Paying Attention to the Balance Sheet in Bookkeeping

By Jane E. Kelly, Paul Barrow, Lita Epstein

When bookkeepers prepare a set of accounts, they usually concentrate on whether or not the company has made a profit. They like to see the Profit and Loss Statement as one of the key performance reports. The Balance Sheet (which is also a critical report that managers should look at) is often left at the bottom of the pile because many people simply don’t understand how to read it.

The Balance Sheet is simply a snapshot of a company’s health at a single point in time (usually a month- or year-end). It lists the company’s assets and liabilities and shows how it’s been financed. The Balance Sheet is an incredibly useful document for future investors or those responsible for issuing loans, for example, because they can see at a glance the company’s financial position.

The liquidity of a company can be assessed simply by viewing the value of its current assets versus the value of its current liabilities. For a healthy company, you’d expect current assets to be higher in value than current liabilities, which means it’s capable of paying off current liabilities easily (by converting its current assets into liquid form, that is, cash) and thus reducing its debt. Check out the following example.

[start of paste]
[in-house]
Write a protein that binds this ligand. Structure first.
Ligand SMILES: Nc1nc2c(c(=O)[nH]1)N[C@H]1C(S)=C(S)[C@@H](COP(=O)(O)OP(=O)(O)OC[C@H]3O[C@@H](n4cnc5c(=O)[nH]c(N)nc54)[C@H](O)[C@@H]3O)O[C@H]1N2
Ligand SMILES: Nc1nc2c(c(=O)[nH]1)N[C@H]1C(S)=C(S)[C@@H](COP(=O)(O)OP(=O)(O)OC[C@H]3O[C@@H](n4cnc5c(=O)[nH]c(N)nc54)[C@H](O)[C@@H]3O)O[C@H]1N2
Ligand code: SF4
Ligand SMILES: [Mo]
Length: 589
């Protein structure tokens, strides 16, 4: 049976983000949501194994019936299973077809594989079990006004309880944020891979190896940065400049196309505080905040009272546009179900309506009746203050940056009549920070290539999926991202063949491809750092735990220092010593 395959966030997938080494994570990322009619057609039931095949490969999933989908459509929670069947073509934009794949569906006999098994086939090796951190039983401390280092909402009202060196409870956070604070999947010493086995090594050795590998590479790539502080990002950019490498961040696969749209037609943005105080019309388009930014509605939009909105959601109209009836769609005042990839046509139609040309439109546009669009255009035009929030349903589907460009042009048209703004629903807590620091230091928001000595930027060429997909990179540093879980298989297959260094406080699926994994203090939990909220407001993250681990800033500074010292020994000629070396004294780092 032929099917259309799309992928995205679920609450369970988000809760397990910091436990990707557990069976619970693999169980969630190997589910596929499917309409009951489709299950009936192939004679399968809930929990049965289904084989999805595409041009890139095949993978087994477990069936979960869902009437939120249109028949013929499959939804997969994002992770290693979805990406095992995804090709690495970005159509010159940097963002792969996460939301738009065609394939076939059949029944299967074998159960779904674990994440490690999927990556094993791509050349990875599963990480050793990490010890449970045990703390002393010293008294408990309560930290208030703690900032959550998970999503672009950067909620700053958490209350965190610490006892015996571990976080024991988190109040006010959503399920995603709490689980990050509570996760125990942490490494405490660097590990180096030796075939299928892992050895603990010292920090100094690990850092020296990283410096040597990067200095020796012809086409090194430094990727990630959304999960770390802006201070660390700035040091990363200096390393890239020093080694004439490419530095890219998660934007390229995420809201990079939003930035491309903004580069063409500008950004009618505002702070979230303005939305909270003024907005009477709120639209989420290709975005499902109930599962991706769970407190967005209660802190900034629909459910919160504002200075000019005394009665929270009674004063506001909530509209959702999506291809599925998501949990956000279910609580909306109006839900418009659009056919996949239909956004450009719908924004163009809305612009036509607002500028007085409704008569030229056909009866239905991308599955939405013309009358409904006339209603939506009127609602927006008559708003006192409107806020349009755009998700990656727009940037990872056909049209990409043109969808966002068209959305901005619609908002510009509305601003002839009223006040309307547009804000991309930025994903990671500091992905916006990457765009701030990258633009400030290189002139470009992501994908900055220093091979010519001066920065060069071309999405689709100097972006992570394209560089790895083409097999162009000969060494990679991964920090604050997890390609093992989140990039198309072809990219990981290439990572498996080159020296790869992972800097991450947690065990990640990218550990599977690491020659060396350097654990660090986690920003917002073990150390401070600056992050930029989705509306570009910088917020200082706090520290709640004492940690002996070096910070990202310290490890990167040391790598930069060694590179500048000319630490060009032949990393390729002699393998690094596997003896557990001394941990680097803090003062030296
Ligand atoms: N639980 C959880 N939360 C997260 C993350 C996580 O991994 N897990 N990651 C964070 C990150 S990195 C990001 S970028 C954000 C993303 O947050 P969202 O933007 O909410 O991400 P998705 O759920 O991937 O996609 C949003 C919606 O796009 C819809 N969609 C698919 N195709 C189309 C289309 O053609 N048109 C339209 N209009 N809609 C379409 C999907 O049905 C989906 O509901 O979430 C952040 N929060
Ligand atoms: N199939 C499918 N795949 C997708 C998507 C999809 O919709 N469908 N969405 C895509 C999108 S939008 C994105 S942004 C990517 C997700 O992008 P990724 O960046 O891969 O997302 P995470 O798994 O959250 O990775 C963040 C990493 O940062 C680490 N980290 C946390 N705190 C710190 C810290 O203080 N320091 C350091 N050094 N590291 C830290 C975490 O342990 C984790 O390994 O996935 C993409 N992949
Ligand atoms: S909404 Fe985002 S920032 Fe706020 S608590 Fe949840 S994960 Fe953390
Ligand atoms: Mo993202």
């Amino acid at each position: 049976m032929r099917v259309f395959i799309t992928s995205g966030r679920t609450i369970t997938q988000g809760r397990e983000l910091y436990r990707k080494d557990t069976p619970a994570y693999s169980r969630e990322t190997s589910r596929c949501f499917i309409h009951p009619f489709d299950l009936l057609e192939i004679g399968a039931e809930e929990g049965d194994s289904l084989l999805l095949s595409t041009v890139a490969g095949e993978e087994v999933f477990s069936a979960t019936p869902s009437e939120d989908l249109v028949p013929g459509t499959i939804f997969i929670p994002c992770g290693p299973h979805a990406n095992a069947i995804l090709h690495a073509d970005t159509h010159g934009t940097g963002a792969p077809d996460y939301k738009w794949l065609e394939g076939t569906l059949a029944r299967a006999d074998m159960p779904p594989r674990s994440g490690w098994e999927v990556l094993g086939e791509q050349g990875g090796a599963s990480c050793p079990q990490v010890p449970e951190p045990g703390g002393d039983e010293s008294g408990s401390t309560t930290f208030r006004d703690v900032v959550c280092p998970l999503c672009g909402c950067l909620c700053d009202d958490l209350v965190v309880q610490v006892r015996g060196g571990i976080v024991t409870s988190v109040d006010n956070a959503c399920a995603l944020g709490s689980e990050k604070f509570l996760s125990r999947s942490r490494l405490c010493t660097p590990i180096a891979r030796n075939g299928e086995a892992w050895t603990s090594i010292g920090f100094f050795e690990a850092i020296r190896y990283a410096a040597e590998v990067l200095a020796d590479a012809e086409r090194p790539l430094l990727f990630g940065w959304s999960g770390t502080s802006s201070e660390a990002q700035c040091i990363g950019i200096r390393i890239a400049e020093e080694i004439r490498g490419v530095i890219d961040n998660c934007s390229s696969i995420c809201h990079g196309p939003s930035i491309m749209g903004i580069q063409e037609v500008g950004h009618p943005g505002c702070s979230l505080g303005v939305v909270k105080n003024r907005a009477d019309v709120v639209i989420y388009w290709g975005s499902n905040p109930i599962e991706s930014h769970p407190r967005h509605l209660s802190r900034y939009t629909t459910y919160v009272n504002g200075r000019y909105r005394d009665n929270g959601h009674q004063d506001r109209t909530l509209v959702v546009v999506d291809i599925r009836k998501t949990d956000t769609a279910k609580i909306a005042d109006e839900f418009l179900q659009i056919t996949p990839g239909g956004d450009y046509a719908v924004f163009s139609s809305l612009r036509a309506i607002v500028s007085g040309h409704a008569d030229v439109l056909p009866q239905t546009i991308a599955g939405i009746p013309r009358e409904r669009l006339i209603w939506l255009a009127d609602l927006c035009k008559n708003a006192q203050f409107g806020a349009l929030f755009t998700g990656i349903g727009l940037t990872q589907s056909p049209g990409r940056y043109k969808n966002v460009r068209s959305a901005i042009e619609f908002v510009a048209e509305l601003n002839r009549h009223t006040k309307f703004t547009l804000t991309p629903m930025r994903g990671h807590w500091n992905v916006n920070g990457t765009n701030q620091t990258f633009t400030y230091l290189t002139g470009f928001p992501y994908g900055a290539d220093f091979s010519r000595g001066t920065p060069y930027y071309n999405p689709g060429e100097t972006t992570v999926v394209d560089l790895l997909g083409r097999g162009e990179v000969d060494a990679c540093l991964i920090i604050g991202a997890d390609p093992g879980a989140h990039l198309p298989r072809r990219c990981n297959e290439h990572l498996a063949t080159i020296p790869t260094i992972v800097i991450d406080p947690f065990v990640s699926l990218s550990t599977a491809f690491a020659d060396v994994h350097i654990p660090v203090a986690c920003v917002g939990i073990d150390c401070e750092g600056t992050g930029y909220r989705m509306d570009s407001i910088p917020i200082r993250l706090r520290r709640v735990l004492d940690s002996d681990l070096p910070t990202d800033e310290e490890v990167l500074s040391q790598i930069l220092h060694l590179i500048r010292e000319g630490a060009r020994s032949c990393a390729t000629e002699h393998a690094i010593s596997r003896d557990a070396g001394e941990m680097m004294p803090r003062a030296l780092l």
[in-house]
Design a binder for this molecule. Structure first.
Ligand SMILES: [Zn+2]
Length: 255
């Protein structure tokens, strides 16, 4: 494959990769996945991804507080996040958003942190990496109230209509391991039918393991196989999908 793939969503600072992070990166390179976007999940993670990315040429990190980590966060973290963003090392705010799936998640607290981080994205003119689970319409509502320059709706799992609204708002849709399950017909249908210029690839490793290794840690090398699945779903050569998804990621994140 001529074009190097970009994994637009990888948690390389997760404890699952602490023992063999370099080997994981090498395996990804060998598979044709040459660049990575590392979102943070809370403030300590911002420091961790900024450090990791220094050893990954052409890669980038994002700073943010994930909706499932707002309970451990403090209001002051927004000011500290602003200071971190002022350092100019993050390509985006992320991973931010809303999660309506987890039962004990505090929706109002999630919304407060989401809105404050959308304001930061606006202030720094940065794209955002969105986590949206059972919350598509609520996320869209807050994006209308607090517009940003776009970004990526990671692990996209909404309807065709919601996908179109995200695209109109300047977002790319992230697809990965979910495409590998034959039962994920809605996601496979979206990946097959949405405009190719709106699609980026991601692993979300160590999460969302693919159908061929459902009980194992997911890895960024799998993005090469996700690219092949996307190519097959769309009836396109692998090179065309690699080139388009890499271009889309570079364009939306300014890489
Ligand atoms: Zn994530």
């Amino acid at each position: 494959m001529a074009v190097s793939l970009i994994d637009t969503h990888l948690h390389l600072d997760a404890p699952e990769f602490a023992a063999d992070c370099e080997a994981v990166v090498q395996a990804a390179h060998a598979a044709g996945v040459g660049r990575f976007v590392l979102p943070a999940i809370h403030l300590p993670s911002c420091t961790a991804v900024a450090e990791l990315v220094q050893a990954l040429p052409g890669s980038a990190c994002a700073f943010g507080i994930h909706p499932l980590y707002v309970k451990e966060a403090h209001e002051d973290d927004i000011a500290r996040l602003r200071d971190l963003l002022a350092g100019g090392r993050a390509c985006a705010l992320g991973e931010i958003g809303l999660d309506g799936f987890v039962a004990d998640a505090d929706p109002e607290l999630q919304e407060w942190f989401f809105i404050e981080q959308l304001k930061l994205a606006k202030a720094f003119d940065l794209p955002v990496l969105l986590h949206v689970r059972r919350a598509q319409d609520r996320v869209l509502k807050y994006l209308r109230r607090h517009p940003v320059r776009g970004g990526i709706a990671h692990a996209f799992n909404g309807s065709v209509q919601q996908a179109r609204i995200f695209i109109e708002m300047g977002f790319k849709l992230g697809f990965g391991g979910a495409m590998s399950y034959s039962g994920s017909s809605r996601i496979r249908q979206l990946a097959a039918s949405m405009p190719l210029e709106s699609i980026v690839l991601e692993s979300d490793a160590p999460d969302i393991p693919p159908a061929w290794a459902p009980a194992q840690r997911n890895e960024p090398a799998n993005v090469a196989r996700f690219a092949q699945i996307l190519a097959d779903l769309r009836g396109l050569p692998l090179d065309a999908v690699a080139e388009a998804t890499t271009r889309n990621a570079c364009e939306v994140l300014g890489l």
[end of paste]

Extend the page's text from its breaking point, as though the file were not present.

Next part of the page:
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You can see by looking at the Balance Sheet for ABC Decorating that the company’s in very good shape. Current assets total £19,000 and current liabilities only £6,600. There are 2.9 times as many assets for every liability (£19,000/£6,600), which is a good ratio.

You can also see that the assets mainly comprise £12,000 of debt; presuming the debtors can be chased up, these debts can easily be converted into cash to pay off the liabilities. The ratio you’ve just calculated is known as the current ratio. You can also see that the company doesn’t have too much money tied up in stock (only £2,000) and has a reasonable sum in the bank (£5,000).

You can also look at the gearing of the company to identify the proportion of debt compared to equity. First, you need to calculate the company’s total debt by adding together current liabilities and long-term liabilities. In this case, you add £6,600 and £30,000 for a total of £36,600.

You then take the total debt and divide it by the total capital in the business. Here, the capital is £157,400, so you divide £36,600 by £157,400 for a result of 0.23. This means that the company has 23 per cent debt in proportion to the total capital of the business, which is quite a healthy position to be in.

You can now see how useful it is to be able to pick out the key elements of a Balance Sheet to identify how well a company is performing.